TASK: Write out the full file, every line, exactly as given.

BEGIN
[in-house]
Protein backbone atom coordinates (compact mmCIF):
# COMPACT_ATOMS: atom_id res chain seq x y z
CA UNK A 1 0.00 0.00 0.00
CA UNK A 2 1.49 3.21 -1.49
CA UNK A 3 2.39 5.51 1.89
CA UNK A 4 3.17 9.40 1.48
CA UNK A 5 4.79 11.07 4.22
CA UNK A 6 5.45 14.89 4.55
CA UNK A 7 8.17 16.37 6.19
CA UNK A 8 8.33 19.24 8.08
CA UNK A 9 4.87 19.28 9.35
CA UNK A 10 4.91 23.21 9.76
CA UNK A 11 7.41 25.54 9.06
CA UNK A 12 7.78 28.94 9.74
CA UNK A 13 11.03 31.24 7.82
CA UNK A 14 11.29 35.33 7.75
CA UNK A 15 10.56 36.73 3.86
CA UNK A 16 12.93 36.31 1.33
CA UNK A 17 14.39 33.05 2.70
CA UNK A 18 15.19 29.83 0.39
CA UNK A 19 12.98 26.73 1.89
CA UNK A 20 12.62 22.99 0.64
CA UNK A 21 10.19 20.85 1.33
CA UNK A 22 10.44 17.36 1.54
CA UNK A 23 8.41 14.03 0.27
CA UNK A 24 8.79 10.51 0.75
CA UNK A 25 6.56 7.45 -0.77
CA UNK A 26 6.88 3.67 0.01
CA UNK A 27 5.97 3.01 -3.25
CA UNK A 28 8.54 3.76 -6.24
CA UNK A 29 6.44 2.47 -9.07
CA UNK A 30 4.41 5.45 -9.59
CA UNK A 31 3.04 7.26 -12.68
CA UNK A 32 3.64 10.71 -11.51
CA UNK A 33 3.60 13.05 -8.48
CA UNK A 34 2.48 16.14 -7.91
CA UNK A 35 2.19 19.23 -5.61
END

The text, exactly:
[in-house]
Protein backbone atom coordinates (compact mmCIF):
# COMPACT_ATOMS: atom_id res chain seq x y z
CA UNK A 1 0.00 0.00 0.00
CA UNK A 2 1.49 3.21 -1.49
CA UNK A 3 2.39 5.51 1.89
CA UNK A 4 3.17 9.40 1.48
CA UNK A 5 4.79 11.07 4.22
CA UNK A 6 5.45 14.89 4.55
CA UNK A 7 8.17 16.37 6.19
CA UNK A 8 8.33 19.24 8.08
CA UNK A 9 4.87 19.28 9.35
CA UNK A 10 4.91 23.21 9.76
CA UNK A 11 7.41 25.54 9.06
CA UNK A 12 7.78 28.94 9.74
CA UNK A 13 11.03 31.24 7.82
CA UNK A 14 11.29 35.33 7.75
CA UNK A 15 10.56 36.73 3.86
CA UNK A 16 12.93 36.31 1.33
CA UNK A 17 14.39 33.05 2.70
CA UNK A 18 15.19 29.83 0.39
CA UNK A 19 12.98 26.73 1.89
CA UNK A 20 12.62 22.99 0.64
CA UNK A 21 10.19 20.85 1.33
CA UNK A 22 10.44 17.36 1.54
CA UNK A 23 8.41 14.03 0.27
CA UNK A 24 8.79 10.51 0.75
CA UNK A 25 6.56 7.45 -0.77
CA UNK A 26 6.88 3.67 0.01
CA UNK A 27 5.97 3.01 -3.25
CA UNK A 28 8.54 3.76 -6.24
CA UNK A 29 6.44 2.47 -9.07
CA UNK A 30 4.41 5.45 -9.59
CA UNK A 31 3.04 7.26 -12.68
CA UNK A 32 3.64 10.71 -11.51
CA UNK A 33 3.60 13.05 -8.48
CA UNK A 34 2.48 16.14 -7.91
CA UNK A 35 2.19 19.23 -5.61